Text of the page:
Efforts futile without action on the road
WITH fixed and average speed limit cameras recording thousands of alleged speeding motor vehicles a month, this practice is futile and meaningle ss when thousands of the se case s will ne ver see a da y in court or the fine s e ver p aid.
The only effective way of apprehending speed limit off enders, e specially those t ravelling at e xcessively high speed, is by direct stopping and contact by traffic officers at the time. It is alarming to hear that some motorists are being det ected on camer as mo ving at speeds well over 180 km/h. The risks to other road users, with no eff ective action being taken on the spot to remove the threat of the se offenders from the traffic system is a most unhealthy situa tion. The N3 route between Van Reenen and Dur ban is r egarded as the mos t heavily trafficked and dangerous highway in South Africa. An incerdible number of trucks in particular, carrying various heavy goods, c ontainers and haz ardous substances, t ravel b etween the interior and the sea port day and night, with minimal policing of serious offences, never mind speeding. Truck drivers know that the N3 and all other national roads, are unpatrolled by traffic police from 10 pm t o aft er 7 am. M otorists take a dvantage by t ravelling at high speed, driving recklessly and inconsiderately, and oper ating overloaded and unroadworthy v ehicles with impunit y and no fear of detection. One has only to see the number of truck s that s top and park ille gally during the night on the N3 and at entrances to towns along the way, to know that there is no action taken by the traffic authorities because they ar e at home sleeping .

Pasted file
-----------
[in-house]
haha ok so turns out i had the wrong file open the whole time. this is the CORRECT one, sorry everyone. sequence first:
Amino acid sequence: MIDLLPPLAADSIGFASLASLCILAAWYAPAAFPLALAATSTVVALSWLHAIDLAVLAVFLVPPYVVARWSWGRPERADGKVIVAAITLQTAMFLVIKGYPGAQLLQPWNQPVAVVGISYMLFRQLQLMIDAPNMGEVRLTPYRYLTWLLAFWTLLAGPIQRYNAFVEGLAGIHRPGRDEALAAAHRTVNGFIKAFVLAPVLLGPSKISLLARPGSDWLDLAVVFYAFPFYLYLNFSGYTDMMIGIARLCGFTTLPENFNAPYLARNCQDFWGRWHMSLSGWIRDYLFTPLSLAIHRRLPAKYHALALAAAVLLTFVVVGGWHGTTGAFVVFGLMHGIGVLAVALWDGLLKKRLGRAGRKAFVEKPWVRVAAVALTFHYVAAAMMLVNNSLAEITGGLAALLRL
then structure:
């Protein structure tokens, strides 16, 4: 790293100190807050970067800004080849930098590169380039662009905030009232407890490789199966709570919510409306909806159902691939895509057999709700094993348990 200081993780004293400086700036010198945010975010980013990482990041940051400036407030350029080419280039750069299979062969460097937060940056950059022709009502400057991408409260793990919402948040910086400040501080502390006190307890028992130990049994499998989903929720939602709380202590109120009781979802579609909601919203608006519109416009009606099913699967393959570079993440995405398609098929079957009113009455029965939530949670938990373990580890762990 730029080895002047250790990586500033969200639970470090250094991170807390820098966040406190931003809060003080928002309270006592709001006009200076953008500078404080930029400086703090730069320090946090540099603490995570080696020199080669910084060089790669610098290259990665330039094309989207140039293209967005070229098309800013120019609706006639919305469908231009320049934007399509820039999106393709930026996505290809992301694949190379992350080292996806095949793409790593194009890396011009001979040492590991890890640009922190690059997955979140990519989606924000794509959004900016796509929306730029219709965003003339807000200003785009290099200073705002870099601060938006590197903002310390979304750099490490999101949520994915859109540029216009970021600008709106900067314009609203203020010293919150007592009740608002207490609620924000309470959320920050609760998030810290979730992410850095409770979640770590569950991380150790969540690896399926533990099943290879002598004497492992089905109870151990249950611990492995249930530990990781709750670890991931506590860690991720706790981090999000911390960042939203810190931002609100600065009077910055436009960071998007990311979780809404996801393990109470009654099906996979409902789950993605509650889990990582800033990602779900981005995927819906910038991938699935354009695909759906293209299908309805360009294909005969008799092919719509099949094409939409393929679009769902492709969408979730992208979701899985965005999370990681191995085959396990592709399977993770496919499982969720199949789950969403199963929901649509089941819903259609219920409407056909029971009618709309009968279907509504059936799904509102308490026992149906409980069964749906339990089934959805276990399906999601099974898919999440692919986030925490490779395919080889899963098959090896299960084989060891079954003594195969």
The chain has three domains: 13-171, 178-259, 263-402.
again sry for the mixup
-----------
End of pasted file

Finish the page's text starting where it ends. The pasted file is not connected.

There is no reason why a small number of allnight traffic patrols cannot be detailed t o polic e the violations that currently e scape at tention but ha ve grave consequences when heavy trucks, bodies, goods and die sel or chemicals are scat tered acr oss the high way and shut it do wn f or man y hour s.
The g overnment intr oduces man y new traffic laws. The r ecent introduction of c ompulsory car seat s f or children and governors on taxis and heavy vehicles are examples, but these have no purpose if not continually enforced be fore the damage is done. Similarly, the annual bleating b y minis ters and authorities about r oad carnage and irr esponsible road users, but with no proactive, c ontinuous dail y la w enf orcement conducted by a sufficient force of competent tr affic offic ers, doe s not help. It will take years of regular facetoface intervention between officers and road users before we see better behaved drivers and pedestrians, safer roads and minimal c ollisions.
What is needed is education, engineering and enforcement strategies and applications, and the development of a culture of r espect f or and c ompliance with the la w, coupled with immediat e action by traffic officials to remove the criminals fr om the r oad when the offence is committed, rather than mailing myriad piec es of p aper thr ough a defunct pos tal servic e that ha ve lit tle chance of r outing out the b ad guys or bringing them t o jus tice.